Also called CoQ10, ubiquinone, or ubiquinol. This vitamin-like cofactor is required for some of the most important chemical reactions in your body, including how every cell produces energy from the calories you eat. It also helps to recharge antioxidants like Vitamin C and E allowing them to do their work elsewhere in the body. The best dietary sources of CoQ10 are organically produced organ meats like heart, kidney, and liver. This is because these are the organs that need the most of it to function properly. Certain medications can actually deplete your body’s CoQ10, many of which are used in people with heart disease. Statins are a popular class of cholesterol lowering medications that are known to deplete CoQ10 and this is thought to contribute to some of the potential side effects like muscle pain. Ask a CarePro pharmacist about our new Ubiquinol-QH 100 mg supplement, which is in the active reduced form and is also absorbed five times better than some of the other CoQ10 supplements.*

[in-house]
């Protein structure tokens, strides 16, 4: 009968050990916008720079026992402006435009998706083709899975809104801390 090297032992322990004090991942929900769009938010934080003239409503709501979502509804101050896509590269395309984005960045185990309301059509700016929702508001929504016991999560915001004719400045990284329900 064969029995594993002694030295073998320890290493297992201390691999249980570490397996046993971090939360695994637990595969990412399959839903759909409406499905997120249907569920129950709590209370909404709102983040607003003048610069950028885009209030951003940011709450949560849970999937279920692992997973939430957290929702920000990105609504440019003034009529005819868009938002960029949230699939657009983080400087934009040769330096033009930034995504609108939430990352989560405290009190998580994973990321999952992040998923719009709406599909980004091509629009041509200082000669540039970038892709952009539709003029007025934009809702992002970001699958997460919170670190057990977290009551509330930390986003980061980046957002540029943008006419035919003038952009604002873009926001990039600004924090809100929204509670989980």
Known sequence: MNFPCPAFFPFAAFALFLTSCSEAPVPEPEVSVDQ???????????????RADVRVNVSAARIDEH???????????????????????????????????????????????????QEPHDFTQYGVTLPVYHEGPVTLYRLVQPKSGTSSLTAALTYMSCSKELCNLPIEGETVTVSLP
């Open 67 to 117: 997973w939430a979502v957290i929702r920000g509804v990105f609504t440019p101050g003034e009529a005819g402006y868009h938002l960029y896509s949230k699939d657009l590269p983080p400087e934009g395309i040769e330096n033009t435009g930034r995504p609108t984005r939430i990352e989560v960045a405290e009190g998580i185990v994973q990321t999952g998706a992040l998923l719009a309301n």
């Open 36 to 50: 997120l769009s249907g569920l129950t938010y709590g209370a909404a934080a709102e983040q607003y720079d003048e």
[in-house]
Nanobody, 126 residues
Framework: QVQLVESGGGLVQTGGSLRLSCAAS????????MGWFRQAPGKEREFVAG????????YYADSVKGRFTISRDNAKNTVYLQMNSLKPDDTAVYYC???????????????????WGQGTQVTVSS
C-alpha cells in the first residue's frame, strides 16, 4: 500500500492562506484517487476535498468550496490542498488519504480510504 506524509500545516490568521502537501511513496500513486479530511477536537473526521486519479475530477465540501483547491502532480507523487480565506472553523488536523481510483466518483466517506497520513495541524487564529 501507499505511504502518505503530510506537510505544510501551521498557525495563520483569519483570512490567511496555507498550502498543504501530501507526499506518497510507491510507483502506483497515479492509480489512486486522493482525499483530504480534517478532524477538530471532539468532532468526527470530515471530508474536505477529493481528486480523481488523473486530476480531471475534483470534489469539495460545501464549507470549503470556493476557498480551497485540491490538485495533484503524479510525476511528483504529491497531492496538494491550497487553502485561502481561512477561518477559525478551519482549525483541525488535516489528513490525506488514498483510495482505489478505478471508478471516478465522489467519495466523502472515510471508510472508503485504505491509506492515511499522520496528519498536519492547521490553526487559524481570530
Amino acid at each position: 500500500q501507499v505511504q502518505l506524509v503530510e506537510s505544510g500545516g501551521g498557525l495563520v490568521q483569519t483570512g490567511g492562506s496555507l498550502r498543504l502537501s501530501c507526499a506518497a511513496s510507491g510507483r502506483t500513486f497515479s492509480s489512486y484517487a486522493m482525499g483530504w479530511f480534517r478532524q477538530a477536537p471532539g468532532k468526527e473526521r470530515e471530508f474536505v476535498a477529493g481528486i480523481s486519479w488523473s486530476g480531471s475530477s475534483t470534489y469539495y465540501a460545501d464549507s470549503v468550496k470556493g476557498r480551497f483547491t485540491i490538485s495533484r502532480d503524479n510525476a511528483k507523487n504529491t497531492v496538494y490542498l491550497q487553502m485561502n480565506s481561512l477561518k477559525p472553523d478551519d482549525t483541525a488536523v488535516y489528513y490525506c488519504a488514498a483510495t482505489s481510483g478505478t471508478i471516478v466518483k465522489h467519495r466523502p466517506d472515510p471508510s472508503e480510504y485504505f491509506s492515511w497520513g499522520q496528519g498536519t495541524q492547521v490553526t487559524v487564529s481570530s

Additional supplements for heart health
There are many other supplements shown to benefit heart health, but these all need to be discussed with your doctor or pharmacist before using. This is especially true if you are being treated for any chronic conditions. Many of these supplements can be found naturally in a well-balanced diet, but they can also be purchased as extracts or in pill form. This includes curcurmin (turmeric), green tea, carnitine, acetyl-l-carnitine, and resveretrol/red wine extract.
The main purpose of National Heart Health Month is to raise awareness about preventing or reducing oxidative stress, inflammation, plaque formation (cholesterol/atherosclerosis), and oxygen deprivation to the heart tissues. Taking pills or supplements may help to an extent, but they are not intended to replace the lifestyle modifications that we have all heard many times: diet, exercise, weight reduction, smoking cessation, stress reduction, hydration and adequate sleep.
*These statements have not been evaluated by the FDA.